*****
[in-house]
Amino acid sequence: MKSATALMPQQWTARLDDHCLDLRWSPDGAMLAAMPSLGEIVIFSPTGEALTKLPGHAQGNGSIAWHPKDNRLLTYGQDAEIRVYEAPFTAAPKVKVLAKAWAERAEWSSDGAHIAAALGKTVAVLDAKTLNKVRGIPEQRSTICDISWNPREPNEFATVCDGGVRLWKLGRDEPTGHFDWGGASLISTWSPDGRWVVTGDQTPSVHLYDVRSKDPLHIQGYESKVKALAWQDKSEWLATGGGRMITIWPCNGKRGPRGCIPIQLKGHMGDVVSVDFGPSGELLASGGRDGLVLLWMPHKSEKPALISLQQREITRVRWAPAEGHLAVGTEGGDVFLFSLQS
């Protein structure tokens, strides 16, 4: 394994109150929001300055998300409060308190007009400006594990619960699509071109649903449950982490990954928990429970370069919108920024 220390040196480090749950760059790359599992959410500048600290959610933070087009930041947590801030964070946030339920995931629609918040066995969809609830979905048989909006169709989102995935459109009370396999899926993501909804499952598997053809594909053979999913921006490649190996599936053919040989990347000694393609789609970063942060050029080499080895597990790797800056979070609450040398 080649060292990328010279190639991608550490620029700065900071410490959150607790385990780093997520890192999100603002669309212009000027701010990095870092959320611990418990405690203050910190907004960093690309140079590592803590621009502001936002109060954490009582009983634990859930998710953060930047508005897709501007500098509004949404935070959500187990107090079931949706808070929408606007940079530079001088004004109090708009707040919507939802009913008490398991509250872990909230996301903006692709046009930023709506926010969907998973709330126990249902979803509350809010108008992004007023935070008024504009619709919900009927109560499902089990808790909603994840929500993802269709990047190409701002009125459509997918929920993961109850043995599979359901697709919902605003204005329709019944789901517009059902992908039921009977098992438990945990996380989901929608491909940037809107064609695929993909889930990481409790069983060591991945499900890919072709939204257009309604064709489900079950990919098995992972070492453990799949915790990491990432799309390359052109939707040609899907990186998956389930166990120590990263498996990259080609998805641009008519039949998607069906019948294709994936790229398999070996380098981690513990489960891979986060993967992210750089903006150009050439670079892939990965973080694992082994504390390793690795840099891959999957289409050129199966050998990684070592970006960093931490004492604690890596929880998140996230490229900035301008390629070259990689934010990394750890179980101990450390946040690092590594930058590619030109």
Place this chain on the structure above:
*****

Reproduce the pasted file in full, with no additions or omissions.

[in-house]
Amino acid sequence: MKSATALMPQQWTARLDDHCLDLRWSPDGAMLAAMPSLGEIVIFSPTGEALTKLPGHAQGNGSIAWHPKDNRLLTYGQDAEIRVYEAPFTAAPKVKVLAKAWAERAEWSSDGAHIAAALGKTVAVLDAKTLNKVRGIPEQRSTICDISWNPREPNEFATVCDGGVRLWKLGRDEPTGHFDWGGASLISTWSPDGRWVVTGDQTPSVHLYDVRSKDPLHIQGYESKVKALAWQDKSEWLATGGGRMITIWPCNGKRGPRGCIPIQLKGHMGDVVSVDFGPSGELLASGGRDGLVLLWMPHKSEKPALISLQQREITRVRWAPAEGHLAVGTEGGDVFLFSLQS
């Protein structure tokens, strides 16, 4: 394994109150929001300055998300409060308190007009400006594990619960699509071109649903449950982490990954928990429970370069919108920024 220390040196480090749950760059790359599992959410500048600290959610933070087009930041947590801030964070946030339920995931629609918040066995969809609830979905048989909006169709989102995935459109009370396999899926993501909804499952598997053809594909053979999913921006490649190996599936053919040989990347000694393609789609970063942060050029080499080895597990790797800056979070609450040398 080649060292990328010279190639991608550490620029700065900071410490959150607790385990780093997520890192999100603002669309212009000027701010990095870092959320611990418990405690203050910190907004960093690309140079590592803590621009502001936002109060954490009582009983634990859930998710953060930047508005897709501007500098509004949404935070959500187990107090079931949706808070929408606007940079530079001088004004109090708009707040919507939802009913008490398991509250872990909230996301903006692709046009930023709506926010969907998973709330126990249902979803509350809010108008992004007023935070008024504009619709919900009927109560499902089990808790909603994840929500993802269709990047190409701002009125459509997918929920993961109850043995599979359901697709919902605003204005329709019944789901517009059902992908039921009977098992438990945990996380989901929608491909940037809107064609695929993909889930990481409790069983060591991945499900890919072709939204257009309604064709489900079950990919098995992972070492453990799949915790990491990432799309390359052109939707040609899907990186998956389930166990120590990263498996990259080609998805641009008519039949998607069906019948294709994936790229398999070996380098981690513990489960891979986060993967992210750089903006150009050439670079892939990965973080694992082994504390390793690795840099891959999957289409050129199966050998990684070592970006960093931490004492604690890596929880998140996230490229900035301008390629070259990689934010990394750890179980101990450390946040690092590594930058590619030109």
Place this chain on the structure above: